|Publication number||US443030 A|
|Publication date||Dec 16, 1890|
|Filing date||Aug 1, 1890|
|Publication number||US 443030 A, US 443030A, US-A-443030, US443030 A, US443030A|
|Inventors||William M. Wood|
|Export Citation||BiBTeX, EndNote, RefMan|
|Referenced by (11), Classifications (1)|
|External Links: USPTO, USPTO Assignment, Espacenet|
2 Sheets-Sheet 1.
W. M. WOOD. PNEUMATIC TOOL.
No. 443,030. Patented Dec. 16, 1890.
I [Ii (No Model.) 2 Sheets-Sheet 2.
W. M. WOOD. PNEUMATIC TOOL.
No. 443,030. Patented Dec. 16, 1890.
A HWE/VTUH/ WAMf/fi W 71! W00 i- UNITED STATES PATENT ()F'FICE.
WILLIAM M. \VOOD, OF BOS"ON, MASSACI'IUSET' PNEUMATIC TOQL.
SPECIFICATION forming part of Letters Patent No. 448,050, dated December 16, 1890.
Application filed August 1, 1890- To all whom it may concern:
Be it known that I, WILLIAM M. WOOD, a citizen of the United States, and a resident of Boston, in the county of Suffolk and State of Massachusetts, have invented a certain new and useful Pneumatic Tool, of which the fol lowing is a specification.
My invention relates to tools in which hammers, dies, swages, cutters, or other instruments are kept in rapid operation by the rapidly-repeated movement of mechanism which is operated by the power of air, gas, steam, or other fluid or agent conveyed to the apparatus from some exterior source, and is espe cially designed for application to instruments employed for reducing by a hammering or s'waging process the burr or expansion at the weld formed between two pieces of metal by the process of electric welding,
I have hereinafter described my invention as carried out in connection with a tool wherein the agent which is employed for reciprocatin g or operating the parts is air, gas, steam, or other fluid, though in some particulars my invention is applicable to tools wherein the tool may be reciprocated or kept in rapid operation by means of some other agent supplied by suitable conductors to the parts of the tool. In those cases where a number of tools are employed, all operating in lines converging upon the work or mounted so an to surround the same, provision must be made for the ready application of the instrument to the work and for removing the same. Before my invention it was the practice to employ an instrument having but three tools or hammers working on radial lines toward the work, the space between them being sufficient to permit the instrument to he slipped over the work. 7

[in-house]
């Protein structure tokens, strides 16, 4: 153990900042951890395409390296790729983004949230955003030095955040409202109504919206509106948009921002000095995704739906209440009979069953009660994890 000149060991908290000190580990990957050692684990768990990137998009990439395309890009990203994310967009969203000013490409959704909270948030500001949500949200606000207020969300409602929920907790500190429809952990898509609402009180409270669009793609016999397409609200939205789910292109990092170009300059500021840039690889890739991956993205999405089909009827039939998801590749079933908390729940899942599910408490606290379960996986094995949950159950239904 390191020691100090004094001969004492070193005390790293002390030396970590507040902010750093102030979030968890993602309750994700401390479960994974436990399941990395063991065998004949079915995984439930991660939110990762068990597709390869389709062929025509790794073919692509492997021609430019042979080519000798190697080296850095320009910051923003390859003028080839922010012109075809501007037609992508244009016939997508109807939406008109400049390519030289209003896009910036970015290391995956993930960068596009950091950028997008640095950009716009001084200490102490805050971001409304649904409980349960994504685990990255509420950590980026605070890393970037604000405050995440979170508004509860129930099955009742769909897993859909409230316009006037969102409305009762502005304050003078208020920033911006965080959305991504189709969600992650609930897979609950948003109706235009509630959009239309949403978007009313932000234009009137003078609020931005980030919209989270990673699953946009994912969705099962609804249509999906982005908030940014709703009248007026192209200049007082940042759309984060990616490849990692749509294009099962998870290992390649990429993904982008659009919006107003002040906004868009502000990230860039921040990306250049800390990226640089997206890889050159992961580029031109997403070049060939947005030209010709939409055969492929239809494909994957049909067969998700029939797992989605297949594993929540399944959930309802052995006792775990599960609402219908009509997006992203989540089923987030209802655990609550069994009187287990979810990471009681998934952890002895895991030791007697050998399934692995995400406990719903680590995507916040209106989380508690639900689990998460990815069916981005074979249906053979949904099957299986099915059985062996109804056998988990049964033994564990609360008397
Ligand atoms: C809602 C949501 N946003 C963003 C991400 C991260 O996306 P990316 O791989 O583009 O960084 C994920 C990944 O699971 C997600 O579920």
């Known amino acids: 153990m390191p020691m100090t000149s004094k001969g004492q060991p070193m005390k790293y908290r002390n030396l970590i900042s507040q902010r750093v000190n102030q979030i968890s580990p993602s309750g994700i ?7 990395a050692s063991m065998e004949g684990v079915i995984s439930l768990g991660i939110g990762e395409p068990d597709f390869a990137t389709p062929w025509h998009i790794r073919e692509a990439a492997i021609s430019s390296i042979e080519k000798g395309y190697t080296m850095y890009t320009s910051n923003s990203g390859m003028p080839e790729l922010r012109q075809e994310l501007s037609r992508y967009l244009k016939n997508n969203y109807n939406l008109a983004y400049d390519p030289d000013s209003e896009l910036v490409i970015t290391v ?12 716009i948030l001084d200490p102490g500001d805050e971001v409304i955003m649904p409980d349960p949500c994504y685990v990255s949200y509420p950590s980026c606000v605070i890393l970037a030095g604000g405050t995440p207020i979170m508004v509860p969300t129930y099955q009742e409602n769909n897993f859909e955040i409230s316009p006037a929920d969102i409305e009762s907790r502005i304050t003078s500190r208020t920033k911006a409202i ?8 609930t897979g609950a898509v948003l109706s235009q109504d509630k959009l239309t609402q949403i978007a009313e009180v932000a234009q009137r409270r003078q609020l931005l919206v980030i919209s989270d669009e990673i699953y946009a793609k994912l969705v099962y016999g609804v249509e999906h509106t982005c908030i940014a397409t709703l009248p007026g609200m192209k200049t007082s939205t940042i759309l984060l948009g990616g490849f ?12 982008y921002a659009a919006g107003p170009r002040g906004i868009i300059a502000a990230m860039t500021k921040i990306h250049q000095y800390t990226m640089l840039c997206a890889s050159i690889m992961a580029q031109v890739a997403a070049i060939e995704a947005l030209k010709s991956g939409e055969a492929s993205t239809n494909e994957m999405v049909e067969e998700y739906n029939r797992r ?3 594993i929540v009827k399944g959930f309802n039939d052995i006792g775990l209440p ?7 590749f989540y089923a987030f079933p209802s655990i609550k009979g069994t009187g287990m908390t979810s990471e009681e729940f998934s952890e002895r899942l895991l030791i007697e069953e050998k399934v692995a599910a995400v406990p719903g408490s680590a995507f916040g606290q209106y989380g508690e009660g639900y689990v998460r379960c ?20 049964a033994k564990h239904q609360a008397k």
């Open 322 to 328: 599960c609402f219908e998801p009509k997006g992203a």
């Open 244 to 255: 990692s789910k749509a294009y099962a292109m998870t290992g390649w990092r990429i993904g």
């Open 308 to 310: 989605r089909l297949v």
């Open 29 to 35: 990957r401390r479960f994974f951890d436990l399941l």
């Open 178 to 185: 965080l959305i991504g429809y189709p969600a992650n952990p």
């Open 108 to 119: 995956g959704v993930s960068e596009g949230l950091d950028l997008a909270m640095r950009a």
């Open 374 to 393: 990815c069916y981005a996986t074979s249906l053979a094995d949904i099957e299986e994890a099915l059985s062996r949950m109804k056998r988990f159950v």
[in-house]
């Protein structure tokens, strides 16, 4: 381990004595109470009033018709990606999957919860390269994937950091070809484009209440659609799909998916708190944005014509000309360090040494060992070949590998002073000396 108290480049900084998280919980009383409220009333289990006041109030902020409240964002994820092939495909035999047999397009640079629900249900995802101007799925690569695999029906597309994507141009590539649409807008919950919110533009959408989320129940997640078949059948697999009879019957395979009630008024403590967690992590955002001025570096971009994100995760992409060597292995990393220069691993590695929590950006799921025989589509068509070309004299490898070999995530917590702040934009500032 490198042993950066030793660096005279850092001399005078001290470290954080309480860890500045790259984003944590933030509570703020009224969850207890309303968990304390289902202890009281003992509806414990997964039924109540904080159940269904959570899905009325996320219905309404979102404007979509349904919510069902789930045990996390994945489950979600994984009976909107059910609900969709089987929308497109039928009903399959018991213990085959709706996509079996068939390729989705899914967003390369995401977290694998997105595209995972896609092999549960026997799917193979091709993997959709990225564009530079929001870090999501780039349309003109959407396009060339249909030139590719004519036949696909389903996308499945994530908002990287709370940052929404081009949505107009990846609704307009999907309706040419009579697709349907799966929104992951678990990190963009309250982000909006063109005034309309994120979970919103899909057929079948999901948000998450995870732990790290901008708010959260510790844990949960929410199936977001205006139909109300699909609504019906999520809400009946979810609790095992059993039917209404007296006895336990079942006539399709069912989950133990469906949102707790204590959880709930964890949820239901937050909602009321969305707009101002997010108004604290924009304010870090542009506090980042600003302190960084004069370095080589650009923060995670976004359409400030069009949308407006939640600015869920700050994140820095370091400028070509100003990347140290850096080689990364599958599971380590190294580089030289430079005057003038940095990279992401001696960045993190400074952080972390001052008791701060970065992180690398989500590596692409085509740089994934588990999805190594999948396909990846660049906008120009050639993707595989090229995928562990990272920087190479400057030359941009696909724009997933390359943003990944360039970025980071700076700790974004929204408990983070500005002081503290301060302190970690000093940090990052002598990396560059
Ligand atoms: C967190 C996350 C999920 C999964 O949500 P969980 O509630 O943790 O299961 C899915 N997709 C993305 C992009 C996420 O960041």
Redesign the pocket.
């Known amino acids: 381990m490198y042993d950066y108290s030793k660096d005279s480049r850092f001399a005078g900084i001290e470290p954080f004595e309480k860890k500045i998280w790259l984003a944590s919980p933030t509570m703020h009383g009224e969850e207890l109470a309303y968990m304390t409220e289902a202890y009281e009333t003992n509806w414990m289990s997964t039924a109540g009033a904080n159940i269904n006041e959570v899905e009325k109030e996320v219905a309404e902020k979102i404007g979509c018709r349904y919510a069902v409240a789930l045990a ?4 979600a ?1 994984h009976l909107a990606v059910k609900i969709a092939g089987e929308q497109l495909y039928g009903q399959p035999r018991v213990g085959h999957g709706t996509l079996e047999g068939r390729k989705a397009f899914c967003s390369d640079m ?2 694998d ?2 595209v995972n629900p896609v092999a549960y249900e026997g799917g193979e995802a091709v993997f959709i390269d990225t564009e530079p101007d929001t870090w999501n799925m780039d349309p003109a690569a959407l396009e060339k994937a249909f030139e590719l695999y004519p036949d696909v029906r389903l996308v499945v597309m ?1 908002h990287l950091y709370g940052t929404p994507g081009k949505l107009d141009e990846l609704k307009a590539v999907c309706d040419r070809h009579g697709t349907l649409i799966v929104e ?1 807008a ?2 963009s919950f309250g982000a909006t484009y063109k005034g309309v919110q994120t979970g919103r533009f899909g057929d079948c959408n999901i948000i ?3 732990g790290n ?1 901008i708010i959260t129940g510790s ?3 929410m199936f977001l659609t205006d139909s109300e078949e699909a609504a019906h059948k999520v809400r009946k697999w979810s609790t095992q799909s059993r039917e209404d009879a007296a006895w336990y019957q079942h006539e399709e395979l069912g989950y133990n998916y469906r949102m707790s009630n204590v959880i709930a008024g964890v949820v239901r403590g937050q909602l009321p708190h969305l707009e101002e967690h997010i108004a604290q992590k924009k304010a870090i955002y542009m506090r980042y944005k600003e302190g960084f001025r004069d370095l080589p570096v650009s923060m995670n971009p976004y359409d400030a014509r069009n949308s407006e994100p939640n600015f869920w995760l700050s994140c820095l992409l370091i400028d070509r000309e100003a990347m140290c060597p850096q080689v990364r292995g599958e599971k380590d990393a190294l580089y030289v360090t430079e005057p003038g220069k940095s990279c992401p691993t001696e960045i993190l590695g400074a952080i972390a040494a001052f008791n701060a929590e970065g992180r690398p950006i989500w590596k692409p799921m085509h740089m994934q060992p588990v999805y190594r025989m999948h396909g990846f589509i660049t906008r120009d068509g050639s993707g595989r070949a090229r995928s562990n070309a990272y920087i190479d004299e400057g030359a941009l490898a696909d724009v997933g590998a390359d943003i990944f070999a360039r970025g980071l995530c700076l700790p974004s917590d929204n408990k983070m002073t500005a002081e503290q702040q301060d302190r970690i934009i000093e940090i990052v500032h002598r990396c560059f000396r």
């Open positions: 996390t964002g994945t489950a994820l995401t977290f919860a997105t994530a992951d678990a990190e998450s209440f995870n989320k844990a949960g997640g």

My present invention consists, essentially, in mounting the reciprocating plungers that operate or carry the hammers, dies, or similar devices converging upon the work upon two arms or supports adapted to be swung or moved apart, so that the instrument may be placed over the work and then closed down upon it in position to permit all the tools to act on the same together. v
My invention consists, further, in the manner of controlling the agent which supplies the power for actuating the tool; and it con- Serial No. 360,657. on model.)
or agent may flow to the apparatus for the.
purpose of actuating the hammers, dies, or other instrumen ts.
My invention consists, further, in making the cut-off a partof the hinge'or joint by.
which the two portions of the instruments are hinged together, as will be hereinafter more particularly described.
My invention consists, also, in the combination, with the plungers which actuate the several tools, of a valve movement controlling the operation thereof and mounted in a pin or plug which connects the two parts of the joint or hinge.
My invention consists, further, in the de tails of construction and combinations of devices, hereinafter described, and more particularly specified in the claims.
In the accompanying drawings, Figure 1 shows in vertical section and partial side ele vation an apparatus embodying .my invention, wherein the pressure of air, gas, steam, or other fluid is employed to operate the plungers which actuate the tool. Fig. 2 is an end view of thc'part-s at the joint enlarged. Fig. 3 is a horizontal section on the line X X, Fig.